Soundbar Sales Soar 68% in 2012
Quixel Research: soundbar unit sales up 158% in Q4 2012 alone, with revenues of $658 million for the quarter. Revenues predicted to top $1B in 2013.
The soundbar category grew a whopping 68% over all of 2012, with a monumental surge in Q4 2012 alone. Unit sales for Q4 versus Q3 were up 158%, according to a new report from Quixel Research.
Beyond the volume of sales, the revenues look promising, as well. In Q4 2012, revenues were up 82% versus the year prior, for a total of more than $658 million.
We may be seeing a downward trend in revenues for the category, however, as revenues grew “only” 59% to $245M in the last quarter of 2012.
Even better, the category of soundbars with a companion subwoofer increased 126% in 2012 versus the prior year.
Quixel predicts that the soundbar category will surpass the $1 billion mark in 2013 and account for well over $2 billion by 2016.
“For the past seven years the focus has been on video, but consumers are realizing that sound completes the picture and are embracing the soundbar category at a heady pace,” says Pratt.
The success of the soundbar is a mixed blessing for retailers and integrators. While the soundbar isn’t exactly a 7.1 surround system, at least we’re seeing a move away from consumers using a TV’s built-in speaker. They’re now at least gravitating towards better sound, if not the best.
On the other hand. Pratt suggests that soundbars are “starting to erode traditional home theater audio system categories.”
She adds, “2012 was really the first year the market saw a wide breadth of products, as well as channel availability and support for the category. Consumers can buy a simple 2.0 Sound Bar for $49 at Walmart or spend more than $2,000 for a luxury branded 2.1 Sound Bar with an external subwoofer from their local custom installer.”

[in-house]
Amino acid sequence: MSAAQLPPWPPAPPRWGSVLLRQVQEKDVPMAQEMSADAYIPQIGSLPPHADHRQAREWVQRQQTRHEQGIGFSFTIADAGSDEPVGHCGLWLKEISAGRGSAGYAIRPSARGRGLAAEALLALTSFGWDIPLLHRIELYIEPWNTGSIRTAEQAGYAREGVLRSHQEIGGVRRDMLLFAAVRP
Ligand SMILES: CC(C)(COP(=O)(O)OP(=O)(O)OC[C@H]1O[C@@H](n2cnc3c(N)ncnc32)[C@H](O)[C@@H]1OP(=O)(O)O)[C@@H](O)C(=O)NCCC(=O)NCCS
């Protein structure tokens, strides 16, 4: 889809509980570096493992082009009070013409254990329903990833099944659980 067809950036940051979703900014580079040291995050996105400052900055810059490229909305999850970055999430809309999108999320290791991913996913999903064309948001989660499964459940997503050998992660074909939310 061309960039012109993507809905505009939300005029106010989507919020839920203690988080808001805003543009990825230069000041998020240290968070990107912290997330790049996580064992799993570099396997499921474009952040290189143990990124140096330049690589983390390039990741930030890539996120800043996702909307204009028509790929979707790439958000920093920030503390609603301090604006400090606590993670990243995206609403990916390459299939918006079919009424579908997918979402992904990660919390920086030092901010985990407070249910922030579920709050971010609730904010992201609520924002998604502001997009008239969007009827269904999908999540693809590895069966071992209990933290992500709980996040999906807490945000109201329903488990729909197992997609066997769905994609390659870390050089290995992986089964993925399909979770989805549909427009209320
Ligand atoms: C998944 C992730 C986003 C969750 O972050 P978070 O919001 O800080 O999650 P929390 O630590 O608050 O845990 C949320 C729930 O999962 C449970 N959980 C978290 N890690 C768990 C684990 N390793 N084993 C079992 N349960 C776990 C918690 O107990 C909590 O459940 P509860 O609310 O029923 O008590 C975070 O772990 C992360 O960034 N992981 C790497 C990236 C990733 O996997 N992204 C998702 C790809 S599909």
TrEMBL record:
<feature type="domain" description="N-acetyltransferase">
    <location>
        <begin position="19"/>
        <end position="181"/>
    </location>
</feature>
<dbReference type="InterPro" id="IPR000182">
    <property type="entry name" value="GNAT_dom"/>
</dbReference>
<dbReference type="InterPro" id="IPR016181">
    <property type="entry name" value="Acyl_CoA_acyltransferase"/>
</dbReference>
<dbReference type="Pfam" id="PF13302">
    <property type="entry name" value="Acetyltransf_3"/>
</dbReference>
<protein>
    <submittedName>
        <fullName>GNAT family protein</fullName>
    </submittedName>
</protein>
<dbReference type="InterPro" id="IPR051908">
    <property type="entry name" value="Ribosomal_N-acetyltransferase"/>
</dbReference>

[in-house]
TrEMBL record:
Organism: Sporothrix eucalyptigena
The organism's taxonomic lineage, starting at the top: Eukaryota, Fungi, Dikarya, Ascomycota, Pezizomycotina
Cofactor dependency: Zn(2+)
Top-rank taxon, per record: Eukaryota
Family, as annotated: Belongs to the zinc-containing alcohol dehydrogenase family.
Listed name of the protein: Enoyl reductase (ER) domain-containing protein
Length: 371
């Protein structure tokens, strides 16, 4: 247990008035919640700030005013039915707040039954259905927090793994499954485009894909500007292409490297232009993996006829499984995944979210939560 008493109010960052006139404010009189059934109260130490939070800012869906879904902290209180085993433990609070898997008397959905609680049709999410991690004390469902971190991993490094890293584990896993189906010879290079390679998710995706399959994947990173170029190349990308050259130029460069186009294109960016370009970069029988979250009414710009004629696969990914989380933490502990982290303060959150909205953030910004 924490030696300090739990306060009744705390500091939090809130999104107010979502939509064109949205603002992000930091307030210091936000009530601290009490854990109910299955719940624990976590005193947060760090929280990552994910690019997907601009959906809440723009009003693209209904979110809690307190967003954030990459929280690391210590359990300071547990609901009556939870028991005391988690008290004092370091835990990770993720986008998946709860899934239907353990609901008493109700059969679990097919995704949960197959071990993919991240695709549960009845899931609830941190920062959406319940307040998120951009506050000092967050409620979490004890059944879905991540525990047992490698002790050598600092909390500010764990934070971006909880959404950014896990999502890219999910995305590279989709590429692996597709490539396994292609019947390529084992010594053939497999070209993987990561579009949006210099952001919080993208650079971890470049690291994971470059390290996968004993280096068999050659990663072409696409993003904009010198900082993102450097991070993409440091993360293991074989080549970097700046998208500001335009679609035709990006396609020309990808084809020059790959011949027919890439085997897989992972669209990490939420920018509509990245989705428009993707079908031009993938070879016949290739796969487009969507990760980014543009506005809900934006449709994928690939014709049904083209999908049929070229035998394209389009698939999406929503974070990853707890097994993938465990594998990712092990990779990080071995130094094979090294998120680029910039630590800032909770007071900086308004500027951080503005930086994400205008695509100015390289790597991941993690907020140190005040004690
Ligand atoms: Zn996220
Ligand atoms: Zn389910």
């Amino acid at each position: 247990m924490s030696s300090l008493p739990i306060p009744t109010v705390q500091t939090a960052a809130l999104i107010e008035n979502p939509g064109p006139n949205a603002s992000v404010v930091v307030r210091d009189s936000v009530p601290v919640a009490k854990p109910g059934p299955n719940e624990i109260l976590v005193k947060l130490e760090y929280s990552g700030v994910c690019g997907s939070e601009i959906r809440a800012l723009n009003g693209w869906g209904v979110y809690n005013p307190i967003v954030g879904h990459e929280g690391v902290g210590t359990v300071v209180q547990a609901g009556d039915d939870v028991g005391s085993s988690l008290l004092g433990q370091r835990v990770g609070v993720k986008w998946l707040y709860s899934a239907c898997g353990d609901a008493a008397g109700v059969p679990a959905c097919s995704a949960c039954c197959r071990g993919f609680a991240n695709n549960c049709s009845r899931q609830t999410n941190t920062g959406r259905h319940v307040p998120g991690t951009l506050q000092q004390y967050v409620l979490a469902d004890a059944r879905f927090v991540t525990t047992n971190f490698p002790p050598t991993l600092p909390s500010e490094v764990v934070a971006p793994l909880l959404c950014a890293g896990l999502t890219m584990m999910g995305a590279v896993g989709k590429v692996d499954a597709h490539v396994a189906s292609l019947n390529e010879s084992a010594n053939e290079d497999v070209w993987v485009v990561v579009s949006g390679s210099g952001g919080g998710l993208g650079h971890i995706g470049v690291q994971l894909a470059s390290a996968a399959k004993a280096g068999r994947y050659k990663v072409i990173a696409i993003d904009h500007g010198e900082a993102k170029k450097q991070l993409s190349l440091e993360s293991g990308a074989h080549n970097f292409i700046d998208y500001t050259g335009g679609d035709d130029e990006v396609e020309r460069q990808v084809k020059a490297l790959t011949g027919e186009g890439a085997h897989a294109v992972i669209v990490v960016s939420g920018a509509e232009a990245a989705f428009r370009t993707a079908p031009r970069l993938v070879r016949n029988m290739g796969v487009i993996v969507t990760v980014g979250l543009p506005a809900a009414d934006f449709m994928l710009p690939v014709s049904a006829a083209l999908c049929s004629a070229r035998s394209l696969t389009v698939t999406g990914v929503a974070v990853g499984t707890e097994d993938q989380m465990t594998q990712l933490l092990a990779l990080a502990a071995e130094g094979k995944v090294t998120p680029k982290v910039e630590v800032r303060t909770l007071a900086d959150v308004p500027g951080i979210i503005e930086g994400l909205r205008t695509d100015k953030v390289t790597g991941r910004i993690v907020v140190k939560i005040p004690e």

In other trending news, consumers are embracing Bluetooth streaming audio features of modern-day soundbars. Models with streaming audio capabilities rose to over 1 million units in 2012, according to Quixel, while iPod dock models declined for the same period.
“The market quickly embraced the streaming audio feature for Sound Bars, almost all of which utilize Bluetooth technology. Sound Bar models with streaming audio capabilities rose to over 1 million units in 2012, while iPod dock models declined for the same time period.”
Note that the Quixel research was released before the introduction of the Sonos PlayBar, which is likely to generate even more visibility for the category.
Julie Jacobson, recipient of the 2014 CEA TechHome Leadership Award, is co-founder of EH Publishing, producer of CE Pro, Electronic House, Commercial Integrator, Security Sales and other leading technology publications. She currently spends most of her time writing for CE Pro in the areas of home automation, security, networked A/V and the business of home systems integration. Julie majored in Economics at the University of Michigan, spent a year abroad at Cambridge University, earned an MBA from the University of Texas at Austin, and has never taken a journalism class in her life. She's a washed-up Ultimate Frisbee player currently residing in Carlsbad, Calif. Email Julie at [email protected]
SpeakersTorus Power Transitioning Into Pro A/V Applications
How a Few Speaker Upgrades Turned Into a Booming Smart Home Renovation
Monitor Audio Designs Audiophile Architectural Loudspeaker: The Platinum In-Wall II
The Art of Music in Its Highest Form
Denon Adds Bluetooth, High-Res Audio Playback to HEOS Wireless Whole-House System
View more on Speakers